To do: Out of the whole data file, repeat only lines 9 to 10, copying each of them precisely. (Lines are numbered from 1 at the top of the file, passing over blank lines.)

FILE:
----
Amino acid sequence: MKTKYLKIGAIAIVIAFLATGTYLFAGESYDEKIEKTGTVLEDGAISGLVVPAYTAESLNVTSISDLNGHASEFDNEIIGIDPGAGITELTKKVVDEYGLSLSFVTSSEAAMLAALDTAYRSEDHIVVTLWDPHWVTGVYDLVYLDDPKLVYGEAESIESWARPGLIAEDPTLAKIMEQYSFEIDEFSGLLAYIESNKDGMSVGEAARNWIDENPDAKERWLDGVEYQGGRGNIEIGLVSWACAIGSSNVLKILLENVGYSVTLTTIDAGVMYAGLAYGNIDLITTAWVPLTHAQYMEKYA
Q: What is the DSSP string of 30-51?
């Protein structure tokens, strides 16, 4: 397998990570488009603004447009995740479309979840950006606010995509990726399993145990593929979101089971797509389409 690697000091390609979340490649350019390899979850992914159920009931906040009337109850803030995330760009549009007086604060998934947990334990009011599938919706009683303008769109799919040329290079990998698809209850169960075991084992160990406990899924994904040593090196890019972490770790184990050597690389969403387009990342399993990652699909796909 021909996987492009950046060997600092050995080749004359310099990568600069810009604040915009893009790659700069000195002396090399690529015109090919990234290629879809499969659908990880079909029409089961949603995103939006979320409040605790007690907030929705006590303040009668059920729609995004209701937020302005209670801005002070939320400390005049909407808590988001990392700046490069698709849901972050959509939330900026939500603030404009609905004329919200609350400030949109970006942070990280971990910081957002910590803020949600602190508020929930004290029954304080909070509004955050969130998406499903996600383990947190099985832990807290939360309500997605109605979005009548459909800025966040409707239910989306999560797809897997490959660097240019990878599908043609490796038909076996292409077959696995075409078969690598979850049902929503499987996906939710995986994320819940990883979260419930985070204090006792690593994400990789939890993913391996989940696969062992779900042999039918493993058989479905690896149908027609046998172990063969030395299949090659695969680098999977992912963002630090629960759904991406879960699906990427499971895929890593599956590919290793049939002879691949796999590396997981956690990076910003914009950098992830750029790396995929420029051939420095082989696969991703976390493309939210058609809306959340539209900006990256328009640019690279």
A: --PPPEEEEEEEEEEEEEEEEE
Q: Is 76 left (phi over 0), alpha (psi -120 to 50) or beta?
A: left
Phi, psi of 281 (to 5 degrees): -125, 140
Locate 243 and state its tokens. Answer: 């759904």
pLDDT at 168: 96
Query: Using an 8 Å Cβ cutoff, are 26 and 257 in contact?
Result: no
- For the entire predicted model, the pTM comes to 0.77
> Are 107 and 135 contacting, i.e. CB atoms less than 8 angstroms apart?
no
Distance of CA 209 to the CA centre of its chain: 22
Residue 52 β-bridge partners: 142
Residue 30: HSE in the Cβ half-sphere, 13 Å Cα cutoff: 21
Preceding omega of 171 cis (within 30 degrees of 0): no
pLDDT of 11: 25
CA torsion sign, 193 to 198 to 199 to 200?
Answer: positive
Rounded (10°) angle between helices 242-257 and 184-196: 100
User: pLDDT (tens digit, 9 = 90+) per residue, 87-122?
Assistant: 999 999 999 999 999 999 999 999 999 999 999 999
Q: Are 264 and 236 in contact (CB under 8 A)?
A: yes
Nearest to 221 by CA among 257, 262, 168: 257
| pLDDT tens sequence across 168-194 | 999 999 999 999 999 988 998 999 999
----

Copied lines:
pLDDT at 168: 96
Query: Using an 8 Å Cβ cutoff, are 26 and 257 in contact?